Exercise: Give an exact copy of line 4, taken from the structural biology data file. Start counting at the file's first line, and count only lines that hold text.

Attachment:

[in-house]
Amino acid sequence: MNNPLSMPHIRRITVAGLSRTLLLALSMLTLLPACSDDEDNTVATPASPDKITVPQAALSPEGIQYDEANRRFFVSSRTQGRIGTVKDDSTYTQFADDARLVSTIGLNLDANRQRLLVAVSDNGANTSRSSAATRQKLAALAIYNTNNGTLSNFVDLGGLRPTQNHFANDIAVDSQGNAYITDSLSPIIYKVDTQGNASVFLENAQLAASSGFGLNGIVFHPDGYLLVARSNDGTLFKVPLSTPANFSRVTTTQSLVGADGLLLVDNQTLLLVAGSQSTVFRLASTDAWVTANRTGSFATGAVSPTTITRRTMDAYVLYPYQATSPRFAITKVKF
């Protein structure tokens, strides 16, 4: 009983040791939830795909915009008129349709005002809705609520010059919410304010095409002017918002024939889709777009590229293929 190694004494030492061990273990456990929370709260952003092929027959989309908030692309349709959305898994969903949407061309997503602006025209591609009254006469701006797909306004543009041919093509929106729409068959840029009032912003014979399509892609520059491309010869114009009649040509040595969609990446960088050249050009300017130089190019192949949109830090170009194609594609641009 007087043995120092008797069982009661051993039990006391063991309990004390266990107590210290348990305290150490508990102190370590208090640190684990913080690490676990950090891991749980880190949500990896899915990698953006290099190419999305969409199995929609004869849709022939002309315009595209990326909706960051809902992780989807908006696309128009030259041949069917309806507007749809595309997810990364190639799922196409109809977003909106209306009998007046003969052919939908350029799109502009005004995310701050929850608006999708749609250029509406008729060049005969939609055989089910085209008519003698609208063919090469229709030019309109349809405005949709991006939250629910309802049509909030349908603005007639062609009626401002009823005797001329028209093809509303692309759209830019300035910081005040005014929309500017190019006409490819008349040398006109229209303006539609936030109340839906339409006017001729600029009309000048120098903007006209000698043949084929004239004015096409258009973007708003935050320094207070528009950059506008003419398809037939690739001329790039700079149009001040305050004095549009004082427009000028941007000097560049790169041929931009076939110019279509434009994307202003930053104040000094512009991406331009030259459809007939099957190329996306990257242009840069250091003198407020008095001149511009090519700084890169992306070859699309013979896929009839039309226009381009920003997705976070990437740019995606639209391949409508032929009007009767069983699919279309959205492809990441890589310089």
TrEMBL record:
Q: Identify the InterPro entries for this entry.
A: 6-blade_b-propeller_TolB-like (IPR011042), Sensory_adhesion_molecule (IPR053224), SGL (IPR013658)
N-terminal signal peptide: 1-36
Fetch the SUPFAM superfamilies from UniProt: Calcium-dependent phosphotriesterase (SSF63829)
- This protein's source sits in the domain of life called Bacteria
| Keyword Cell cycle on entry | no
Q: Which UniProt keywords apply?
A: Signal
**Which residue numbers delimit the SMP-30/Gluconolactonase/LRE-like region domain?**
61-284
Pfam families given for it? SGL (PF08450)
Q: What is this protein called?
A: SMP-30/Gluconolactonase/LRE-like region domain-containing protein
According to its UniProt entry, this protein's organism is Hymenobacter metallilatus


TrEMBL record: